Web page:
Unsocial Social Media!

The recent publicity about how schools deal with private property, mobile phones and the bullying around it, highlights a growing problem. As virtually every student in a secondary school is likely to have at least one mobile phone the government’s solution of giving teacher’s permission to remove them seems to miss a point.

Yes, having pupils fiddling with their phones rather than listening intently to the lesson is going to be annoying. (Perhaps there should be some reflection on the content of the lesson but…!) However, it is not the item itself; it is how and when it is used that is the issue. Surely there are excellent teaching points to be taken advantage of here? Social media is here to stay and it is for schools to find their way through it. Trying to ban mobiles even if you can now physically remove them is like trying to hold a dam with your hands!

At my school we have seen an increase in the amount of bullying and also in the type of nastiness via Face Book and emails. (Interestingly twitter does not seem to be favoured among the 13 – 16 age group) The major problem schools face is not with what happens during school time. Fights and squabbles in the playground or even inside school can be seen and are often caught on the many CCTV cameras that are now in our schools.

No the problem is outside in the big wide world beyond the influence of school and it is invisible. The internet has created a communication mechanism that was never available before when you had to rely on using the telephone down at the end of the road. It is also so immediate and can gather momentum with frightening speed.

Tackling this phenomenon will not succeed by removing the machines. We have only to look at the industrial revolution and the luddites to see how successful that approach can be. What is needed is some time spent looking at the effects of inappropriate use and exploring the purposes of social media and the etiquette that surrounds it. It should form part of the pastoral curriculum as well as the technical side of ICT.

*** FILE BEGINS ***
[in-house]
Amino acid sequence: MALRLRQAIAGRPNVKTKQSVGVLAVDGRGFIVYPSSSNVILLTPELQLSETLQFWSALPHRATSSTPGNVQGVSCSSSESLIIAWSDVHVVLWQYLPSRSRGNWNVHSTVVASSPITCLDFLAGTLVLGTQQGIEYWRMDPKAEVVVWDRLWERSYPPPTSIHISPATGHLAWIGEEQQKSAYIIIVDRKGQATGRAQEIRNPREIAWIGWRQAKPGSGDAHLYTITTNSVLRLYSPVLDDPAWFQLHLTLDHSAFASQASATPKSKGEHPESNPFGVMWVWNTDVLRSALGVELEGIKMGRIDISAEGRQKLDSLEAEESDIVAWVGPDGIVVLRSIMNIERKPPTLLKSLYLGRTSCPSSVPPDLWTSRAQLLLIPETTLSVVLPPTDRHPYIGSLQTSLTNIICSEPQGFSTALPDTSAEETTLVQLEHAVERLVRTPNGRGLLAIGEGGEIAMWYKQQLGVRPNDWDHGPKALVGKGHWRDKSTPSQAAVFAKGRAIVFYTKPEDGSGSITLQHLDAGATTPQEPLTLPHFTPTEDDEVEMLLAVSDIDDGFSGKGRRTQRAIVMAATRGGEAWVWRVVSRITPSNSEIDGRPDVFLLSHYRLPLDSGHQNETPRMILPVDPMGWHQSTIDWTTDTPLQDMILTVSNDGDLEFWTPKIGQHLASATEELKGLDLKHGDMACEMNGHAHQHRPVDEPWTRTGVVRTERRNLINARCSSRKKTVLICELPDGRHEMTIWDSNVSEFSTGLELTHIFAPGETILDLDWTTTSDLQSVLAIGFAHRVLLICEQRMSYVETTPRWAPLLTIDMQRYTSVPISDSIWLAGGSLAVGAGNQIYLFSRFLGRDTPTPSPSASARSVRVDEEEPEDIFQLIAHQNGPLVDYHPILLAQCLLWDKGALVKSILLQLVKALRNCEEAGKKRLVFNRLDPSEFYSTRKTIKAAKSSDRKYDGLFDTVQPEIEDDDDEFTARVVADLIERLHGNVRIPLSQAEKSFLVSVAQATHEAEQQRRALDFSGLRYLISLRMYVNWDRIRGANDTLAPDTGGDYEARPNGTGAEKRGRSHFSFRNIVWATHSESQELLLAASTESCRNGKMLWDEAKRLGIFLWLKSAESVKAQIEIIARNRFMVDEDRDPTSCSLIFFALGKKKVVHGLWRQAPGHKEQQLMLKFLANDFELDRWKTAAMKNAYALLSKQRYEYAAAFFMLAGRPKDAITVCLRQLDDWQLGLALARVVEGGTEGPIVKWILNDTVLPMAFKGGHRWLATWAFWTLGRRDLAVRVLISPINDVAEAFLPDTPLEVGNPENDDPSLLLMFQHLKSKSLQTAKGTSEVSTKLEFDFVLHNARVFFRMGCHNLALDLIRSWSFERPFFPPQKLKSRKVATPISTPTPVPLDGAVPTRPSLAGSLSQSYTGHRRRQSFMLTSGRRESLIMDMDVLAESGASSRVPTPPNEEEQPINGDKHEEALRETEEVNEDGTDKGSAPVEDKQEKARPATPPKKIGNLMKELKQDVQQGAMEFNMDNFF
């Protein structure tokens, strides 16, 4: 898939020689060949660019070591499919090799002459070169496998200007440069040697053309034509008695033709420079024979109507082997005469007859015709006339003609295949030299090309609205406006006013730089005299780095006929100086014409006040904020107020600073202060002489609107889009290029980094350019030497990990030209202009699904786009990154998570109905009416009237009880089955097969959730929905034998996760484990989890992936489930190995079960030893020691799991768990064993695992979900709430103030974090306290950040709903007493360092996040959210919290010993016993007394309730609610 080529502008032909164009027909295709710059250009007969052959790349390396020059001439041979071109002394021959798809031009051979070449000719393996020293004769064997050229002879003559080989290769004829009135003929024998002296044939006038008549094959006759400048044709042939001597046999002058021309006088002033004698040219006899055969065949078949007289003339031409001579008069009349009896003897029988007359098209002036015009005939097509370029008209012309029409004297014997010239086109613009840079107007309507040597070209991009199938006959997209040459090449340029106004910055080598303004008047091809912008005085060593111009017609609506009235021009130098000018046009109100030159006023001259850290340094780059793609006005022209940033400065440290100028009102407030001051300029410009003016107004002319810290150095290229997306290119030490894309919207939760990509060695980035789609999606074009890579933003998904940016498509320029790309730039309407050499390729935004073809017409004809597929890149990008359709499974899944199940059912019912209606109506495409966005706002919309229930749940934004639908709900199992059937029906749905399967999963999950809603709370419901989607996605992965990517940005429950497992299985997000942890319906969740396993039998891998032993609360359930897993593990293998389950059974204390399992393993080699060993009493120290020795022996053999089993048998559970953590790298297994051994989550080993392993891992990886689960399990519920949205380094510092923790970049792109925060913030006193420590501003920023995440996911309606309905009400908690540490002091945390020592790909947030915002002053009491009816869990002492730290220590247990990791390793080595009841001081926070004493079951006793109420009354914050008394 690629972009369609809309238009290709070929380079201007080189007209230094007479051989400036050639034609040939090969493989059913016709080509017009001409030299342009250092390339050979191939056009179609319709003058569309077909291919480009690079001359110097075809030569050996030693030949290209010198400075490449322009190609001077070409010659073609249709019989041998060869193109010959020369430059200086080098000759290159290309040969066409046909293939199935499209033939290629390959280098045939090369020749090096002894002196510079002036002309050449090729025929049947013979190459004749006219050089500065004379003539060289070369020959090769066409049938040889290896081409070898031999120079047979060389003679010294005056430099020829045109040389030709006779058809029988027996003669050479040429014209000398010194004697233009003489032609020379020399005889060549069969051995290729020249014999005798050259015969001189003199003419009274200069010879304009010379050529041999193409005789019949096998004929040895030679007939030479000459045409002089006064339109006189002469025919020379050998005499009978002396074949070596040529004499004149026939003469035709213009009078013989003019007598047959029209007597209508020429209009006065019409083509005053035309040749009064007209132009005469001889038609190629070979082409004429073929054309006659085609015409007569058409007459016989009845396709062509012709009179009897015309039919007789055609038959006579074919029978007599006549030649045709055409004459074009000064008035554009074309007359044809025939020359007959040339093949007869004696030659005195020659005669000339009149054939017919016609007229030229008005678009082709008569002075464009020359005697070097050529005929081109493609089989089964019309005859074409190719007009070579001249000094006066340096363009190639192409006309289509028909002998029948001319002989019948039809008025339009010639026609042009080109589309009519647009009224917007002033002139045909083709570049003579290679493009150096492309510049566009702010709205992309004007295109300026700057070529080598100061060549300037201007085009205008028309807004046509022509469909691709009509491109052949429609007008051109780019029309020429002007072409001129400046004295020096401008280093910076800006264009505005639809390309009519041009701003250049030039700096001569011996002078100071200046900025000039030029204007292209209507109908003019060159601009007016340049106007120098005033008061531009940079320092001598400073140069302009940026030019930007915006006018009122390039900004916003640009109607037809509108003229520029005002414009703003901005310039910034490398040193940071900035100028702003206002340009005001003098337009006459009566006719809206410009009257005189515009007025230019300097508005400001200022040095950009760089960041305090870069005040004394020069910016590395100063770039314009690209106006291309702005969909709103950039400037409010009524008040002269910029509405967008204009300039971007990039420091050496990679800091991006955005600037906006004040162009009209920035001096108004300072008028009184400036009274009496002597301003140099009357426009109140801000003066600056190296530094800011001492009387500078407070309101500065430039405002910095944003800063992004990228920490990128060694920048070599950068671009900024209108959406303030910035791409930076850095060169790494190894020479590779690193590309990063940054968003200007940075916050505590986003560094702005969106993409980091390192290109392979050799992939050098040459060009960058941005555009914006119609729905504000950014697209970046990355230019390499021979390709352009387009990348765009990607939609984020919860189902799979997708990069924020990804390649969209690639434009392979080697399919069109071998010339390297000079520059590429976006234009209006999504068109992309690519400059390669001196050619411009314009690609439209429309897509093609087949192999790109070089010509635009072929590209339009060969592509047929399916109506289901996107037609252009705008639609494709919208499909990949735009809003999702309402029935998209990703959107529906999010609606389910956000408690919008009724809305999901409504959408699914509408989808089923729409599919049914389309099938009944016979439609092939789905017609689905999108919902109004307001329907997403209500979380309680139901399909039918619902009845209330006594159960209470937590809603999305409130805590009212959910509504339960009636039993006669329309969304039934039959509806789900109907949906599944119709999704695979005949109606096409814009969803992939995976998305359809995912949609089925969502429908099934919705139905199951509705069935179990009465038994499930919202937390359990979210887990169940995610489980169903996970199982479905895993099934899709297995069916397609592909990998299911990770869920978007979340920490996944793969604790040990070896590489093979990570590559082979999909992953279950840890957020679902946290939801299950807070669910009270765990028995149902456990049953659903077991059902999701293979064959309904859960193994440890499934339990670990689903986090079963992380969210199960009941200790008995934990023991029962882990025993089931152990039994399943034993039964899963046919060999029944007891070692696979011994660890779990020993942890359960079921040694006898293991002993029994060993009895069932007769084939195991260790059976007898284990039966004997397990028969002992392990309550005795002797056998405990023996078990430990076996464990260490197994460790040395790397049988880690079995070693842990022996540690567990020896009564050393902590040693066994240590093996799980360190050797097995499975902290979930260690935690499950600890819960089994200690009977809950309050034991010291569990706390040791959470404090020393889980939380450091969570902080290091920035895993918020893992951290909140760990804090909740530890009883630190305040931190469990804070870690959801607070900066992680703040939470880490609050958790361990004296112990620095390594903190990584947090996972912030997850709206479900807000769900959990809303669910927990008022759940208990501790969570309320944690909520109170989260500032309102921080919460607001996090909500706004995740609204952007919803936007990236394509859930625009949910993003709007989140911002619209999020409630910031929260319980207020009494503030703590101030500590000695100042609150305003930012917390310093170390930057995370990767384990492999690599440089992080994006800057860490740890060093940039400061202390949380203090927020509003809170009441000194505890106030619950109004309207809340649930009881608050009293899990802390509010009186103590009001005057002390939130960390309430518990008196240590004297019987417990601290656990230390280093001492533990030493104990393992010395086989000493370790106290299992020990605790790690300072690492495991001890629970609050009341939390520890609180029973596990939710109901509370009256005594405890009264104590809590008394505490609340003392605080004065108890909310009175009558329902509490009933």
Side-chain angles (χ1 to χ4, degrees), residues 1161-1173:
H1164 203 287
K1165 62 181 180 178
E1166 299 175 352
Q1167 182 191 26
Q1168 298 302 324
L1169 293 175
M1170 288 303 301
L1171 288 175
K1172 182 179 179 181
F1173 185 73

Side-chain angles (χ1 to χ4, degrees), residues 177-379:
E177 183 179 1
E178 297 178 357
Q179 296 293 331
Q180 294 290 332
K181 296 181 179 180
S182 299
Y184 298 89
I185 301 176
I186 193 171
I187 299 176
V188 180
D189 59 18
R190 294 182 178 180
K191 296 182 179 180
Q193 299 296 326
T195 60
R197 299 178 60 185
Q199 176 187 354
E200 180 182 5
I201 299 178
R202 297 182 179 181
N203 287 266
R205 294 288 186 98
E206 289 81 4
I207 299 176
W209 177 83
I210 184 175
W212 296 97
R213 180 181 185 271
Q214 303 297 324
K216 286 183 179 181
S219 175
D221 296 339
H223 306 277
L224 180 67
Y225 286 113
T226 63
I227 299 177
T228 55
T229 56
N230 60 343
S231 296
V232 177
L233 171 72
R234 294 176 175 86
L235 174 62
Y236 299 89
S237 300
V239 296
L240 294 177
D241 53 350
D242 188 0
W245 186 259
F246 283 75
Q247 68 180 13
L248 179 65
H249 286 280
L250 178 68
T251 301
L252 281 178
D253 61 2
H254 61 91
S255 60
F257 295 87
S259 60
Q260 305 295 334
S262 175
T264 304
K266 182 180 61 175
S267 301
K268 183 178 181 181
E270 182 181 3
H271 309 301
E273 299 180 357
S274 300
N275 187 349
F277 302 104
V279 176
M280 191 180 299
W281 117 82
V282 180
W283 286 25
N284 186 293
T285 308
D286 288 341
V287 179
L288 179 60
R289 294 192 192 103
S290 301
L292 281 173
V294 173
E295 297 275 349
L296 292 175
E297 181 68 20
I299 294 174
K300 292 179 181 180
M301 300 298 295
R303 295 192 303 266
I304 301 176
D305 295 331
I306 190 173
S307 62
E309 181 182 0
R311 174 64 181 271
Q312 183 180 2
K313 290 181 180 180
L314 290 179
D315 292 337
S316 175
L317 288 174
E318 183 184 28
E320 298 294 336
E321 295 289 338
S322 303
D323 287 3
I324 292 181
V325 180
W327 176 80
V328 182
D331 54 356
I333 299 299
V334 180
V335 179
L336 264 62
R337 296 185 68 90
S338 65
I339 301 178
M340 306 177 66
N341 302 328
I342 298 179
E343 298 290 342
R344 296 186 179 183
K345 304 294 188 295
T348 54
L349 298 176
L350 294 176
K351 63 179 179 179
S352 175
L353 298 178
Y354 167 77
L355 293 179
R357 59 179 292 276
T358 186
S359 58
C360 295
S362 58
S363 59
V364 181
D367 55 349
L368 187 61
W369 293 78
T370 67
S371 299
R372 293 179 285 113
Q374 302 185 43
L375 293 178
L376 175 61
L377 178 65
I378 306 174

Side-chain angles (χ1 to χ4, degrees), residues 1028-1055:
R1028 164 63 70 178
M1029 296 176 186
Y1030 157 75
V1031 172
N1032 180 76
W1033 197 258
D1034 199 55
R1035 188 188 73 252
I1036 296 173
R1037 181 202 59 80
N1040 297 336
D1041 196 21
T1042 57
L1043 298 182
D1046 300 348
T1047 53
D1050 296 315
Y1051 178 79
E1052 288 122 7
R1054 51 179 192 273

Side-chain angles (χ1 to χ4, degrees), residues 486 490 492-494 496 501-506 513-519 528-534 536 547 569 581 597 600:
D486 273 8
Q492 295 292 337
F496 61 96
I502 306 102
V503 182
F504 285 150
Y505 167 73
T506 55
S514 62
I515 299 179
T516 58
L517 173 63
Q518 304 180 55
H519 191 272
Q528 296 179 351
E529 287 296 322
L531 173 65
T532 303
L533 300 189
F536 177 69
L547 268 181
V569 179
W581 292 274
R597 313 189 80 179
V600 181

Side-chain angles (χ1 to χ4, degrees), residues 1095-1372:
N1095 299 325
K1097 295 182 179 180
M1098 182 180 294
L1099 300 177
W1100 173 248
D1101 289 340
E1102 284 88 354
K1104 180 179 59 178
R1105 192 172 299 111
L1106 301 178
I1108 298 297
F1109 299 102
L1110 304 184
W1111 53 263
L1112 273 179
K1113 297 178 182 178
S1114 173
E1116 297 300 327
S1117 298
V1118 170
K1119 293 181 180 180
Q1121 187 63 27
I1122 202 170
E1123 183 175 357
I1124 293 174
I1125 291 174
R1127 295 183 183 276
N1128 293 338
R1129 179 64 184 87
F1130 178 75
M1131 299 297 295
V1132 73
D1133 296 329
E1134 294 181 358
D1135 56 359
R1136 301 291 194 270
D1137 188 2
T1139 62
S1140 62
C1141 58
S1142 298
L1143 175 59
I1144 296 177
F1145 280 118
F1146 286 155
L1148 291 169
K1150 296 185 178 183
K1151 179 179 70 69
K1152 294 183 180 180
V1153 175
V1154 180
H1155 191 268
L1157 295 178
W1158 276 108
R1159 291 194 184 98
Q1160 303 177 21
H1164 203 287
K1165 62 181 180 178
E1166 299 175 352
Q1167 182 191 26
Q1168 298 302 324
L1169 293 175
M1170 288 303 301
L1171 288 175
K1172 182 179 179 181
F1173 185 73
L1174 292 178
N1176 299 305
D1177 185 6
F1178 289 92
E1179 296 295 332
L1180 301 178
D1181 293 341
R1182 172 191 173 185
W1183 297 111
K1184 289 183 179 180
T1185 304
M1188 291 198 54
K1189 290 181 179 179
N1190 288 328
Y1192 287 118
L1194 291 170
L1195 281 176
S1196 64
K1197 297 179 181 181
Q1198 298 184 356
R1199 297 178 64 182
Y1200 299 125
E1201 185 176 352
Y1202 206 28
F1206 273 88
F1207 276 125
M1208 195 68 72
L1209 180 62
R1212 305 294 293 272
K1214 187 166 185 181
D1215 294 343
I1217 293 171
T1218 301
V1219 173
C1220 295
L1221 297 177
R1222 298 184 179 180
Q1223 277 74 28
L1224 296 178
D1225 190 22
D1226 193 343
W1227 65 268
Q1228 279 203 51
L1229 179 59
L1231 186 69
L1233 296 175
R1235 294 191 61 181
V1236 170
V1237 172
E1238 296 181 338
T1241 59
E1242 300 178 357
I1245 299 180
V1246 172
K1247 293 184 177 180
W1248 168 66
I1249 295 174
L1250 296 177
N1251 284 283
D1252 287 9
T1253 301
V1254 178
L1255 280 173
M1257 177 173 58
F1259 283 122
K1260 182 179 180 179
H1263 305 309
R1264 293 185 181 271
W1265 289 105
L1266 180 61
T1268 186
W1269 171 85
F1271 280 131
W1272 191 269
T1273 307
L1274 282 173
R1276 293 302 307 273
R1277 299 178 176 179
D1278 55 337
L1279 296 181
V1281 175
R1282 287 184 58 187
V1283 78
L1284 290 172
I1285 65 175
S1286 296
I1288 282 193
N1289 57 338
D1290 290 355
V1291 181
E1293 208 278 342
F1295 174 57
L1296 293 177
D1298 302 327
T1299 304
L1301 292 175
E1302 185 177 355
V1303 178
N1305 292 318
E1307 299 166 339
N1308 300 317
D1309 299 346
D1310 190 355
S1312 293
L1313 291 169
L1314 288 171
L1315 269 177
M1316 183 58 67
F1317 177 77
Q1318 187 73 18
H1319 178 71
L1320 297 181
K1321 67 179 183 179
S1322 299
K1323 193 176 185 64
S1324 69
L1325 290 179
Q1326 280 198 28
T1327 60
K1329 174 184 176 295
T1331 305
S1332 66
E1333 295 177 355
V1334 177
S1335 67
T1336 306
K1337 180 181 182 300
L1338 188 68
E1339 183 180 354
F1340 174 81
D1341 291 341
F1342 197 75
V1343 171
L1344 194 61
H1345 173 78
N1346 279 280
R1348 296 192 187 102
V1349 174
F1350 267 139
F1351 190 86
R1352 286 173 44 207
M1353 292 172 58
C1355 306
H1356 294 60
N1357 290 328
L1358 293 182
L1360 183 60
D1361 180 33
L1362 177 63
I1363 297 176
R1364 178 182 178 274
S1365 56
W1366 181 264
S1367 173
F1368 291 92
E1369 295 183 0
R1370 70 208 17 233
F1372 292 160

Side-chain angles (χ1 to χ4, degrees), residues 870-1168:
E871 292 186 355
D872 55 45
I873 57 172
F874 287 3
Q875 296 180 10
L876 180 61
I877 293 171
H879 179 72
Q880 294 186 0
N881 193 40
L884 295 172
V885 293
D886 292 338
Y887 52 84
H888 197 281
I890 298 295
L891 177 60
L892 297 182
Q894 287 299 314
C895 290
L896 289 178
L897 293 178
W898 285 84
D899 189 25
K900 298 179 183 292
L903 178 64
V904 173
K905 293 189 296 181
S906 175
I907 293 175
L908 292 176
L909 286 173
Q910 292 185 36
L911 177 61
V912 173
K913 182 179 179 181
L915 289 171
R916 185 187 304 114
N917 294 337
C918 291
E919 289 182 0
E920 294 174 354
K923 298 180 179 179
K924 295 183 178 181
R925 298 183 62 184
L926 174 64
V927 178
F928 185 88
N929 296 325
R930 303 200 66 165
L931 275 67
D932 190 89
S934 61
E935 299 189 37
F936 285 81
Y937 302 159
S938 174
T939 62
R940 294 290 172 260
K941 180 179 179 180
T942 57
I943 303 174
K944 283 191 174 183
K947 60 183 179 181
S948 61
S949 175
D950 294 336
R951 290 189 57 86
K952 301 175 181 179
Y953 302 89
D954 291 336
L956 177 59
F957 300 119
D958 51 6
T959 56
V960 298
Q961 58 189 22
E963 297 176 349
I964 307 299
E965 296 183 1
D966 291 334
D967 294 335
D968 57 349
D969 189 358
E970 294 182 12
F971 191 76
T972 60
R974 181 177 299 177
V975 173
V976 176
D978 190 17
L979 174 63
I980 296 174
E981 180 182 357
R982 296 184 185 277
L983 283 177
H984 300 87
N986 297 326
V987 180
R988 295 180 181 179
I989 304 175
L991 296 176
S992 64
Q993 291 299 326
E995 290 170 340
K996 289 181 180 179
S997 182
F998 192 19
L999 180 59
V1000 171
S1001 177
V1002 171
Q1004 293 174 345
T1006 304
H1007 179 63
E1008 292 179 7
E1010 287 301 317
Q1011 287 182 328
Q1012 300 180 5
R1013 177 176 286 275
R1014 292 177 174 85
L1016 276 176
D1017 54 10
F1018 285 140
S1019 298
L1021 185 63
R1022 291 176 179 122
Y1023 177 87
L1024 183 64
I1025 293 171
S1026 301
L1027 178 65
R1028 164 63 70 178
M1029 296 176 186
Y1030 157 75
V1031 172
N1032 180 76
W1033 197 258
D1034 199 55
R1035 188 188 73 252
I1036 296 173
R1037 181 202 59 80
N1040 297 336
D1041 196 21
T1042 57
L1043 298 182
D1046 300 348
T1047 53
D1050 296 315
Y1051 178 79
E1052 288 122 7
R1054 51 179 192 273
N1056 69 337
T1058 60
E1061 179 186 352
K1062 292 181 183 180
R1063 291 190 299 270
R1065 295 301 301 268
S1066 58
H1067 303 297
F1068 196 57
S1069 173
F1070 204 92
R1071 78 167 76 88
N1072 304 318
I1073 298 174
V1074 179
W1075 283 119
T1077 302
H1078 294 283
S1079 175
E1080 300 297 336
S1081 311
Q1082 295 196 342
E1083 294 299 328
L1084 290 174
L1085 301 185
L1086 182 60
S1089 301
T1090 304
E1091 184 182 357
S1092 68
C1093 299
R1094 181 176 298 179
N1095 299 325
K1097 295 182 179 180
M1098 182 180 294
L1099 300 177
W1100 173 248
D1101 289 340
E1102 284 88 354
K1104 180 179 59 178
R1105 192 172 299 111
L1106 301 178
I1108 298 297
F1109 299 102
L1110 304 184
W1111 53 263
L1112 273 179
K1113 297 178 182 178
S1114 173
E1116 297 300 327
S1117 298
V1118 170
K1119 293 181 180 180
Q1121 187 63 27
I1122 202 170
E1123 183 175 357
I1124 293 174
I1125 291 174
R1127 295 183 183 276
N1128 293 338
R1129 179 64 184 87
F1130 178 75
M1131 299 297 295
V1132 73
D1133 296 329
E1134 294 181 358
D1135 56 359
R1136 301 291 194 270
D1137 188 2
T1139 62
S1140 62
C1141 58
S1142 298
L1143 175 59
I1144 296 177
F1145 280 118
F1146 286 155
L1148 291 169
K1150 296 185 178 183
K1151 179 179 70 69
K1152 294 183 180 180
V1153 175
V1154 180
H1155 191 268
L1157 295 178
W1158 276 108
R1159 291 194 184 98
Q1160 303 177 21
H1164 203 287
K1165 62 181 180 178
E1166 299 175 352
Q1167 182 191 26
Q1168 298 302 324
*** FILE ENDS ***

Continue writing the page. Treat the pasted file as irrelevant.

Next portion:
What is not needed is for young people to be told ‘No you can’t’ when clearly they CAN and WILL!

How is your school dealing with the influence of Face Book and other social media sites? Do you agree with teachers having the power of removal when it comes to mobile phones?

Image ‘Cyber Bullies’ from Scott Mcleod see original here

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  • ICT_Integrator

    I hope you don’t mind, but I have put a link to your post on my blog, as it fits in really well with a recent post of mine. You’re welcome to take a look: http://bit.ly/fVFxVv
    Thanks,
    Karen Stadler

      

  • HorwichHead

    I’m a primary head, but we do have children as young as Y4 who bring mobile phones to school. We’re not using them in the curriculum though. Children are expected to hand them in switched off at the beginning of the day, and collect them at the end. That way, parents can communicate with them before and after school (I suspect many of our Y6 go home to an empty house or with older siblings), but we say if they need to contact them during school, they must use our school phone line.
    I wonder if secondary schools (and primaries in time) should specify which phone students should get, in the same way they specify the uniform items and suppliers. There could be a range available, so that 1000 students don’t all own identical phones, but I think it would reduce theft which must inevitably go on if pupils have the latest expensive model, and others would like a quick way to acquire one. Specifying phones as an equipment requirement would put them in the same sphere as calculators, i.e. essential kit for learning. Common models of phones could also mean they could be used in lessons using a variety of their functions, and even charged up together!
    Class blogging and VLEs provide an e-safe introduction to social networking, but we all know that Facebook has no mechanism for ensuring all their users are over 13 (we have many children even as young as KS1 on Facebook). I think it’s up to the social networks to create e-safe separate platforms which will appeal to the under 11s and the under 14s respectively. (They could link in to the next level automatically on the owner’s 11th or 14th birthday). Then we could use Facebook as a teaching and learning tool maybe.

      

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